Personalizing the antigen payload so that the agent is perfectly matched to each patient’s viral load is only part of the strategy; the engineered dendritic cells, specially programmed for a patient’s damaged immune system, also deliver immune stimulators. “The patient’s immune system is not normal, so you have to engineer it to be able to function normally in that environment. What we have done is engineer certain signals that would normally come from the patient’s own immune machinery into our product so that our product behaves as if it’s in a normal immune environment,” explains Dr. Nicolette. “After you inject the cells into the patient, they migrate to the nearest lymph nodes and they begin communicating with the patient’s CD8 T cells. And CD8 T cells are the ones that will actually go out and do the dirty work of killing an infected cell, once they’re educated.…The product basically educates the CD8 cells to go out and find anything that looks like what they were instructed to recognize.”
Summarizes Dr. Nicolette: “Our experiment was to answer the question: If you could raise an immune response that was matched, that was 100 percent relevant to that patient’s viral species, can you impact viral load? And the answer to that was ‘yes.’ To our knowledge, this was the first reporting of an immunotherapy that was able to reduce viral load by the levels we observed.”
But, says Dr. Nicolette, continuing down this development path does not make a lot of sense because it’s not expected that AGS-004, or any immunotherapeutic agent, on its own would clear the virus from latent reservoirs, where it persists in dormancy and can be reactivated if antiretroviral therapy stops.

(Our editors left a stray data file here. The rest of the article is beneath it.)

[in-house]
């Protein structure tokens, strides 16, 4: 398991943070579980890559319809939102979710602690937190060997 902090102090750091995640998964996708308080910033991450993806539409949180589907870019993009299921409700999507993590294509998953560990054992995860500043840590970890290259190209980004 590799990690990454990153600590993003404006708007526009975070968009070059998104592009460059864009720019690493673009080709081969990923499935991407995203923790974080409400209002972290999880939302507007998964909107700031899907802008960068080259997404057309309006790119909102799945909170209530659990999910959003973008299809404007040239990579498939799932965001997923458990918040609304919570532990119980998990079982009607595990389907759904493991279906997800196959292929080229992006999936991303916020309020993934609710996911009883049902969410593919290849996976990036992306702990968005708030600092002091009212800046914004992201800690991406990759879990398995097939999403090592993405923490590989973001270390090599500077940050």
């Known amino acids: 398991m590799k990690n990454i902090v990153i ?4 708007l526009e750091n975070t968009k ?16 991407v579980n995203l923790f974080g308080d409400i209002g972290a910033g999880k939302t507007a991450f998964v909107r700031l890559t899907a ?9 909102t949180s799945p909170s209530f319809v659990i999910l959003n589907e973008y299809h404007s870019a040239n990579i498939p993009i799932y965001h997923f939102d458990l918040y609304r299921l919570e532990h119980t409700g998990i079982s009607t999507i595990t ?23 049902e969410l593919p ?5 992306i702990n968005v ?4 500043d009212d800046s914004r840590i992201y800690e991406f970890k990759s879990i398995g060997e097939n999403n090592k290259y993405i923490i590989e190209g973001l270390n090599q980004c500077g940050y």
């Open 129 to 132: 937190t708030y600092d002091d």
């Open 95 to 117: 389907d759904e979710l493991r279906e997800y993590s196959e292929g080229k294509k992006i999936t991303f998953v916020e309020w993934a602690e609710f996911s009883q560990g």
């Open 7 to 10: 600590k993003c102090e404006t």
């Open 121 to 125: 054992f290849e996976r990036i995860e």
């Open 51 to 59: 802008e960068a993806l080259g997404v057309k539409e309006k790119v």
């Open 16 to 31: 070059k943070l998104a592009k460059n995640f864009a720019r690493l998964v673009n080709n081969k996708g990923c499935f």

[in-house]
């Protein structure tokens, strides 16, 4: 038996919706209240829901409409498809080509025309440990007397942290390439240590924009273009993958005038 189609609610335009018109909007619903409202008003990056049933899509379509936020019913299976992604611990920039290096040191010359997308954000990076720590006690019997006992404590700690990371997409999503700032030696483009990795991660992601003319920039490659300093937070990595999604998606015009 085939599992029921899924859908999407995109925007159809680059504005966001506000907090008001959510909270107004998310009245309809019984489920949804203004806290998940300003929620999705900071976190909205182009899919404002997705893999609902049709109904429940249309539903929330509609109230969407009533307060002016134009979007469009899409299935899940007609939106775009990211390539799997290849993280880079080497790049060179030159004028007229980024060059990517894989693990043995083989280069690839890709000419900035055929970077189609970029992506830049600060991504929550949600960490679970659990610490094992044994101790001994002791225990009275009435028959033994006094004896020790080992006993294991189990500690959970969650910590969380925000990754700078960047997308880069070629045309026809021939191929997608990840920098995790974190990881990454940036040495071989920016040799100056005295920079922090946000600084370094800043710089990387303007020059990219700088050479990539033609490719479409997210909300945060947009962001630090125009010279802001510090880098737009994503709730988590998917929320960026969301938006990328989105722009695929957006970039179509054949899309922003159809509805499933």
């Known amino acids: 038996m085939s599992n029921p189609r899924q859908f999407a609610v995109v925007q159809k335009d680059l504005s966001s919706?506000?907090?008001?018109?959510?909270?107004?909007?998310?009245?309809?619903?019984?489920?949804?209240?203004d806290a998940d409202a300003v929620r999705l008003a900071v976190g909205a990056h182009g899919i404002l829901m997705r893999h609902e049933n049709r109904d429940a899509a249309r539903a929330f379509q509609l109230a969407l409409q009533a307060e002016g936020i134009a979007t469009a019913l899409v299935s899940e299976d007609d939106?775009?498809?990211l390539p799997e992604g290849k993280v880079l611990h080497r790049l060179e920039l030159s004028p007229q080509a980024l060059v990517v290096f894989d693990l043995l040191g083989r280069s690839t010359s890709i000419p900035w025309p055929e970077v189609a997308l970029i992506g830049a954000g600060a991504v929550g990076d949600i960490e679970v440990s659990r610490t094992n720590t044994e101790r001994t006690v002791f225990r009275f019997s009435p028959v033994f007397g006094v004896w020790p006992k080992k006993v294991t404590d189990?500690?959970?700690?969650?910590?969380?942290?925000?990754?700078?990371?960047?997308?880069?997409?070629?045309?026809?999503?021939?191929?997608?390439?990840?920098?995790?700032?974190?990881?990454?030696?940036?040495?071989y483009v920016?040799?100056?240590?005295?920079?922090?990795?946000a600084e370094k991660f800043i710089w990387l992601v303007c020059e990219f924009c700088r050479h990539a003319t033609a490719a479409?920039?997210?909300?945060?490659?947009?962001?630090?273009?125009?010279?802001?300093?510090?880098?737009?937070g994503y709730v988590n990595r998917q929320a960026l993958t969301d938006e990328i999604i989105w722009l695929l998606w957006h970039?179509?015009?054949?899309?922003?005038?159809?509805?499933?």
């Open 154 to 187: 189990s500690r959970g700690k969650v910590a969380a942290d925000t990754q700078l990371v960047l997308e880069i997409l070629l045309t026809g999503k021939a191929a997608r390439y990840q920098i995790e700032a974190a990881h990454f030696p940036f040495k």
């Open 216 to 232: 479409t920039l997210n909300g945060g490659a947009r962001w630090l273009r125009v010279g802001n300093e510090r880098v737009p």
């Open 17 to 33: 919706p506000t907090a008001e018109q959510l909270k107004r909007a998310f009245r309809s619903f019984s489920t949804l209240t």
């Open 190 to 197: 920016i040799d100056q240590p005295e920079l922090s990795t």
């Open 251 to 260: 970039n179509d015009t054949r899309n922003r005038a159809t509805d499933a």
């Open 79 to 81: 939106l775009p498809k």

Researchers at Argos, a North Carolina-based company, are planning to see if HDAC inhibitors, part of a new class of reservoir mobilizers, could be used in conjunction with AGS-004. Argos is currently working with Dr. David Margolis of the University of North Carolina, who has tested the HDAC inhibitor called vorinostat in HIV patients and demonstrated that it can activate the latent reservoir. The goal is to see if this plus AGS-004 is an effective combination. “If a cell is infected but not producing the viral proteins, it’s going to be invisible. It’s going to be missed. So combining this approach with something that makes those cells visible makes a lot of sense. Our ultimate goal will be to flush out and eliminate all of the infected cells.”
Argos is currently working on a clinical protocol with Dr. Margolis and could possibly start recruiting for clinical trials later this year or early next year. “In contradistinction to our previous studies there would be no requirement for anyone to interrupt their drugs unless we had a strong inclination that the virus had been entirely cleared. So I think that’s good news for patients who are willing to participate in clinical studies. We’re not asking them to put a lot of skin in the game in terms of any kind of potential clinical risk in terms of drug interruption.”
Chael Needle wrote about HarborPath, a patient-assistant drug access organization, in the June issue.